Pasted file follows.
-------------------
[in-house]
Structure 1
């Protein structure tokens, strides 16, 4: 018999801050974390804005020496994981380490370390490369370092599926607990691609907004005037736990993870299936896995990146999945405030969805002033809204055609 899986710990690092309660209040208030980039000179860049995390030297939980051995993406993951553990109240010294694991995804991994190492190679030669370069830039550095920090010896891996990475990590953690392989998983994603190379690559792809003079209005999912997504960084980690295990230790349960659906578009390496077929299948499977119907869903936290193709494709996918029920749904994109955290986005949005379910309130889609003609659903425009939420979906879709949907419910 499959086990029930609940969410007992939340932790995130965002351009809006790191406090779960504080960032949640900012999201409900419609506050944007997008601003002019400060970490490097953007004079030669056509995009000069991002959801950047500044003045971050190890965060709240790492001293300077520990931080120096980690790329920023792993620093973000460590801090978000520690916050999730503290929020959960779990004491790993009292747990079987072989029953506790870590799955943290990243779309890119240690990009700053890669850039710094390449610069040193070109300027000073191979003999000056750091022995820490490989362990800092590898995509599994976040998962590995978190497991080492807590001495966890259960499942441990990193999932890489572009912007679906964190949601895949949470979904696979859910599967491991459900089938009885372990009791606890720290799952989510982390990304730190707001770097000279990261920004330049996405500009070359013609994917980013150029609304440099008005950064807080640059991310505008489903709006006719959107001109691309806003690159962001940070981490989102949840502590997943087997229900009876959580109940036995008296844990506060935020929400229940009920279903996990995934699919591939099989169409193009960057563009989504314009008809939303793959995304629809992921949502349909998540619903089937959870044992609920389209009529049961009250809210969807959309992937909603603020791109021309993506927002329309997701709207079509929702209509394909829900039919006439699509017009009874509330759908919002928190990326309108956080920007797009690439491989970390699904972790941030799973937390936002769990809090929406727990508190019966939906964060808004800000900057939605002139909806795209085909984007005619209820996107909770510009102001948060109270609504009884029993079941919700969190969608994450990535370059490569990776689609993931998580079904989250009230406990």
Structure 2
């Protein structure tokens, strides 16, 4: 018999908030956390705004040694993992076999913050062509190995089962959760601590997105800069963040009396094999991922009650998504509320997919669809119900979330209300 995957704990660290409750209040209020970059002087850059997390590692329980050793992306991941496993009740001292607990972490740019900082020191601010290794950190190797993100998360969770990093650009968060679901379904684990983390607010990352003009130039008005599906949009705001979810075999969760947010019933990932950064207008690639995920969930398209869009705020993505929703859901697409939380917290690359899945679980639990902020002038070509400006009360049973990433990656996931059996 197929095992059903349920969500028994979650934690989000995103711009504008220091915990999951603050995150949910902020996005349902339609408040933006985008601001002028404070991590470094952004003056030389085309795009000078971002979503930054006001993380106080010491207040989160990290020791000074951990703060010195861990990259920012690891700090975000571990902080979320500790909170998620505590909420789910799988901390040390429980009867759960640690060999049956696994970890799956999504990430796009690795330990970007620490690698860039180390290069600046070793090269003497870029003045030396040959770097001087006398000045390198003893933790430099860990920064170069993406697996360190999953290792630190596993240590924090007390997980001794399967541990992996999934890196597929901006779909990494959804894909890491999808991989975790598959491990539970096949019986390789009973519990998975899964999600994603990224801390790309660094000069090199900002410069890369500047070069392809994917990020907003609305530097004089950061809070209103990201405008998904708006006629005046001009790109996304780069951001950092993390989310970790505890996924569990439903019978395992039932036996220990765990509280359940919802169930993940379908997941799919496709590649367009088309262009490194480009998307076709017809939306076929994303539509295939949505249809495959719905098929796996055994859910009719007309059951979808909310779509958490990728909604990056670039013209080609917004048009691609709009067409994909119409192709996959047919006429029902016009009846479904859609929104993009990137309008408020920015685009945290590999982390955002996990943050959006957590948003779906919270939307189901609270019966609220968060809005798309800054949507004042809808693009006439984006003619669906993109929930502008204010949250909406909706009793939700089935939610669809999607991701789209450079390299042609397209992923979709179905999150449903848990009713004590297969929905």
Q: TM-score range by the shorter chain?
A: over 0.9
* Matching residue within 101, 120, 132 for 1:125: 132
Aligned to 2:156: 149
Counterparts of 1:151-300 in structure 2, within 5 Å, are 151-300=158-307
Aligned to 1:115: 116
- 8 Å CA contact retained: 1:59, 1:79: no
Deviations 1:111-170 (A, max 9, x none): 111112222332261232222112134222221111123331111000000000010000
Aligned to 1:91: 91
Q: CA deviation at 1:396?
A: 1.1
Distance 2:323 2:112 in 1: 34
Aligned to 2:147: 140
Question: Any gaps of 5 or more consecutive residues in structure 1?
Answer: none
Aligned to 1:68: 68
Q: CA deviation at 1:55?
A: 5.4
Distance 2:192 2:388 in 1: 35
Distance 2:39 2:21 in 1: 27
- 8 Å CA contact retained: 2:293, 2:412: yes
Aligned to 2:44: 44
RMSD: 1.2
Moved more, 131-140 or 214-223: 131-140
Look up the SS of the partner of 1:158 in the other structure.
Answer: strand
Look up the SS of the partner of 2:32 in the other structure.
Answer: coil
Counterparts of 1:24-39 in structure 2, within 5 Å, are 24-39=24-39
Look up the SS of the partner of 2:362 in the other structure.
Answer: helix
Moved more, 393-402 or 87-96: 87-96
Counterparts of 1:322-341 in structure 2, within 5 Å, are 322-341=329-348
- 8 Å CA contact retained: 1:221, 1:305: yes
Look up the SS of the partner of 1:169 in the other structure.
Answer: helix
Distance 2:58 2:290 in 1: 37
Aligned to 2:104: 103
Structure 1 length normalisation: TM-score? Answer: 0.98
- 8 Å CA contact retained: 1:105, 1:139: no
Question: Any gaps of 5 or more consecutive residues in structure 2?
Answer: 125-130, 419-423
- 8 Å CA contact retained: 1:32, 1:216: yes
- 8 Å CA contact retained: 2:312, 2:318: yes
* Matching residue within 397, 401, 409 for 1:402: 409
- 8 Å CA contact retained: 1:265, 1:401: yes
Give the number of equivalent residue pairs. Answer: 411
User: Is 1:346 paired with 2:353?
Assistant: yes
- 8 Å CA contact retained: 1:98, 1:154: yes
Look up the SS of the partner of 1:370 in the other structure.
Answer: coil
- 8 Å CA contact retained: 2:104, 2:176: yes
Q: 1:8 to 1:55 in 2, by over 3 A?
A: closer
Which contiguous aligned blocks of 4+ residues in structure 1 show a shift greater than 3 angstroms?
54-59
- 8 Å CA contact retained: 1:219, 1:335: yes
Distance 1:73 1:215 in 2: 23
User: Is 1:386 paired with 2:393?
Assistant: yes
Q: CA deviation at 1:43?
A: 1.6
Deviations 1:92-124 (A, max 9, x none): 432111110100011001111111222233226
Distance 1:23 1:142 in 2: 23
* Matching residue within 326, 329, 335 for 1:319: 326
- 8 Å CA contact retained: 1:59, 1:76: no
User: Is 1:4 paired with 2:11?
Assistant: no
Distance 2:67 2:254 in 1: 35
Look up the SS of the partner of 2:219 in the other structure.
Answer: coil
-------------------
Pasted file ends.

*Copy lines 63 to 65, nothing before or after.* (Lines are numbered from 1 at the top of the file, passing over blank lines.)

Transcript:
- 8 Å CA contact retained: 1:219, 1:335: yes
Distance 1:73 1:215 in 2: 23
User: Is 1:386 paired with 2:393?